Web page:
Derek Sanderson’s autobiography was published recently. By all accounts, it’s a crazy story because this guy lived a crazy life. It’s amazing he’s still around to tell it. Check out a book review here.
I remember my Dad telling me about reading one of the sports columns of a Toronto paper back in the 70’s just after the Bruins had lost the ’71 finals to the Habs. The Bruins were still a very young team and had won their first cup with Orr just the year before and were the favourite that year as well. I believe the column was written by legendary sports columnist Milt Dunnell (a favourite of my Dad’s) and he described how some of the older Bruins, like Johnny Bucyk and Dallas Green left the dressing room quietly to avoid the press. They had enough experience (ie. they were not young athletes anymore) to know this was a blown opportunity.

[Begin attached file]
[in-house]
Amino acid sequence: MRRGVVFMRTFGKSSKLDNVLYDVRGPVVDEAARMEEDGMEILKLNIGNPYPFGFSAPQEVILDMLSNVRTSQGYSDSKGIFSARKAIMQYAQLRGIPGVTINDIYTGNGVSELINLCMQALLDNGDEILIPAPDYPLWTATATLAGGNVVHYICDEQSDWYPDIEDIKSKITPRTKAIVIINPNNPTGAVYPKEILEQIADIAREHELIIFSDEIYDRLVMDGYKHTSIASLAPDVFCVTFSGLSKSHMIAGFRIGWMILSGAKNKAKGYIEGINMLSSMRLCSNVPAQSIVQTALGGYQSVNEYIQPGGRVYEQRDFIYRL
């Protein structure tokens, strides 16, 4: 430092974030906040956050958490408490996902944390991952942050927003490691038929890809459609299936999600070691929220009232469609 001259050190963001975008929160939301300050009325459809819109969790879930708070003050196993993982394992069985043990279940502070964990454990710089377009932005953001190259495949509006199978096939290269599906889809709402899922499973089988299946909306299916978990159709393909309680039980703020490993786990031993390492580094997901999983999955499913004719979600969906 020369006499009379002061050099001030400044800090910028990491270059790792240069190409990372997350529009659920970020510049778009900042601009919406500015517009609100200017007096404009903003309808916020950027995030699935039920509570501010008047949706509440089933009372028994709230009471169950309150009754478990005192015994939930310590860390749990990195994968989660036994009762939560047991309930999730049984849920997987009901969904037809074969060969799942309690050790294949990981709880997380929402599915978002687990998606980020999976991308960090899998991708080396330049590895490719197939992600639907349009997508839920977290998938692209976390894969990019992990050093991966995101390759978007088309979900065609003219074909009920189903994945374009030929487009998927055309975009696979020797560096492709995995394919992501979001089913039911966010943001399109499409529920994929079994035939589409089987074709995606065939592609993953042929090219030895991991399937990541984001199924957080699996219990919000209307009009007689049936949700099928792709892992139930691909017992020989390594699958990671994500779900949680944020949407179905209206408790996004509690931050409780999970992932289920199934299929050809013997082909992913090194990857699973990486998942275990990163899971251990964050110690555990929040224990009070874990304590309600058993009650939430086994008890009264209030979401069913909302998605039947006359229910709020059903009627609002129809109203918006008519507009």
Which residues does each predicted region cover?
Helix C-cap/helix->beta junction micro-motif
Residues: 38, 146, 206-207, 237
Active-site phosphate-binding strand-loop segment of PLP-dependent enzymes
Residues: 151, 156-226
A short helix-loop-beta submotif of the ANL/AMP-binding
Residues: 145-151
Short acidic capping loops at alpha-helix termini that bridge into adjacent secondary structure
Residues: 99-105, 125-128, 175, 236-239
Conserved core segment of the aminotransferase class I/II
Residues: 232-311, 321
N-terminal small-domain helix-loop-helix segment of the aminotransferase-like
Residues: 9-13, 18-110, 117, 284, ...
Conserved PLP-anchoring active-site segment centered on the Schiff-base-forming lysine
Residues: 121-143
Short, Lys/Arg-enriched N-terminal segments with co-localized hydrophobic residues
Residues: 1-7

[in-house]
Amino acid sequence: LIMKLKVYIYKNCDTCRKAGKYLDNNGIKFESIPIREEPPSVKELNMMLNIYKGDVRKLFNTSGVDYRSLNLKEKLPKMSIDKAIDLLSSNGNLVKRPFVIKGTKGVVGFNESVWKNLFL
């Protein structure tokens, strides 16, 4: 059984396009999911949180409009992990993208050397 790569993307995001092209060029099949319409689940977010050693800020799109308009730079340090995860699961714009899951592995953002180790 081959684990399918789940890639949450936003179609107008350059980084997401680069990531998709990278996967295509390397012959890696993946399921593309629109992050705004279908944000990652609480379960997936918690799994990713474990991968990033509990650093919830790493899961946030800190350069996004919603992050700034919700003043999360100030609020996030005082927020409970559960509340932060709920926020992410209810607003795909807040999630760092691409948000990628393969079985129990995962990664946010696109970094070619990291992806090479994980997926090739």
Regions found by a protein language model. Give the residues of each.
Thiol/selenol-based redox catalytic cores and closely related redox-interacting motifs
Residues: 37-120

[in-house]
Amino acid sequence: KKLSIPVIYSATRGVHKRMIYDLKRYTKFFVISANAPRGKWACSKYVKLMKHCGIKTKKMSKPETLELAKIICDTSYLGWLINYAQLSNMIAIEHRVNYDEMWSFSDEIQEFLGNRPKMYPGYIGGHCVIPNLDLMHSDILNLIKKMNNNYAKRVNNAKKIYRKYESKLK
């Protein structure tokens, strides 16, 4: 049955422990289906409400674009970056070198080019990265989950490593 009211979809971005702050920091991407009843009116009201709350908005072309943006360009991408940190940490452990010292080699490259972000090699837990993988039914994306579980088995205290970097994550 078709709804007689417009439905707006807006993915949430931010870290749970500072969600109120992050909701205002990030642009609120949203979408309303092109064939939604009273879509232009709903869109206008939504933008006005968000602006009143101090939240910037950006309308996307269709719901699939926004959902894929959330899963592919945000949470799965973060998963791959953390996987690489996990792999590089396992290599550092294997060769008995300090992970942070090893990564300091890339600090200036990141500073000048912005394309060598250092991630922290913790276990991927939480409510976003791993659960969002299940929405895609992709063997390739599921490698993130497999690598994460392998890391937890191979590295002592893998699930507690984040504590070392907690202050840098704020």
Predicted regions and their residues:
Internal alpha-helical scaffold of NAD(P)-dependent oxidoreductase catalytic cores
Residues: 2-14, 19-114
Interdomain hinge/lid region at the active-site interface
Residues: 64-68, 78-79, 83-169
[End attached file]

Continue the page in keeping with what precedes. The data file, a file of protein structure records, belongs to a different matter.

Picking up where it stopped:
And then there was Sanderson. My dad has repeated the line so often to me that it seems like he is quoting verbatim from the article, although it’s likely he is simply summarizing the essence of the picture Dunnell’s story created. It goes something like this. “Sanderson left the arena with a blonde on each arm. For him and the rest of the young Bruins, there are plenty of next years remaining.”
The irony, which my Dad has always loved, is that in the case of many other young, dynastic teams, this might well have been true. But for the Bruins, while they won the cup the next season, that marked the end of the party. Orr’s knee was effectively done at that point. Sanderson jumped to the WHA and his life ran aground on drugs and booze.